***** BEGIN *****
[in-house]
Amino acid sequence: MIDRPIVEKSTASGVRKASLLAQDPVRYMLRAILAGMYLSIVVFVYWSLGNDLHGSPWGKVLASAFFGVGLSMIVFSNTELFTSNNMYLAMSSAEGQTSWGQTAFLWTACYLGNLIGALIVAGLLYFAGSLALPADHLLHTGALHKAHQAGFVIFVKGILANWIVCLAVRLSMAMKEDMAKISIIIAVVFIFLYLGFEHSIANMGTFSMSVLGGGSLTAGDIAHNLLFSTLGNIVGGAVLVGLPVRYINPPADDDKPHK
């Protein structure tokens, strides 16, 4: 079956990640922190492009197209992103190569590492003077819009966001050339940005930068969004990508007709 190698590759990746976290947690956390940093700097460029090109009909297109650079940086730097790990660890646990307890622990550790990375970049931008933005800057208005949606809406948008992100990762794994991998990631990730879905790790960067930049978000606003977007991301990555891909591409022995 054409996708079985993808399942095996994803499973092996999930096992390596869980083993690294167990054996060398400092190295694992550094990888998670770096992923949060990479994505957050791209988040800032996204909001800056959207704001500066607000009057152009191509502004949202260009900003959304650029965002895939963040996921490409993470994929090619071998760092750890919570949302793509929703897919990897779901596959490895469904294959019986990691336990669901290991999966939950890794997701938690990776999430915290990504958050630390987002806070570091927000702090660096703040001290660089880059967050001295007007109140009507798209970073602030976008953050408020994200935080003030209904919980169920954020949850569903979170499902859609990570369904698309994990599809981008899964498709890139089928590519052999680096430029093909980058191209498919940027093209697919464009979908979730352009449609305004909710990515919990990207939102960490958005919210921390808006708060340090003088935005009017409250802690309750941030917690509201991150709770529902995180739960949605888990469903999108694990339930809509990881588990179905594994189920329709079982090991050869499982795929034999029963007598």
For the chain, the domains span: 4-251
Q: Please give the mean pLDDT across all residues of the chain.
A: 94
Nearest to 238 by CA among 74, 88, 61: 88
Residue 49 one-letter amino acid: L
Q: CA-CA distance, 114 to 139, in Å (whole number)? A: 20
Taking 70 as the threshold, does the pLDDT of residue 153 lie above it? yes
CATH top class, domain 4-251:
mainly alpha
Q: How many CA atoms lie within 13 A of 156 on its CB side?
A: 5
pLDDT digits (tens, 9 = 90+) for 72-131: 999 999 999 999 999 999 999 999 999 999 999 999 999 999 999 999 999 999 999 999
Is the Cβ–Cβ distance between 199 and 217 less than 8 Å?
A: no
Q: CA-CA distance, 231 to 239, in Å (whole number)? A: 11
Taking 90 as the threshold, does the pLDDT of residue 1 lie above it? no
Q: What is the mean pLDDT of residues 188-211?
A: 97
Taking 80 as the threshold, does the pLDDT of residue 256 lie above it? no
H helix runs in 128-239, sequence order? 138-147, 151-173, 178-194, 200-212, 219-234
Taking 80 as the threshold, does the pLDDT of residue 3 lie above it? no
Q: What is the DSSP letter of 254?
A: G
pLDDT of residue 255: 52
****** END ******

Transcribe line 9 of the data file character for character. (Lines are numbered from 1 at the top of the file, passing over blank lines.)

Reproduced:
Q: CA-CA distance, 114 to 139, in Å (whole number)? A: 20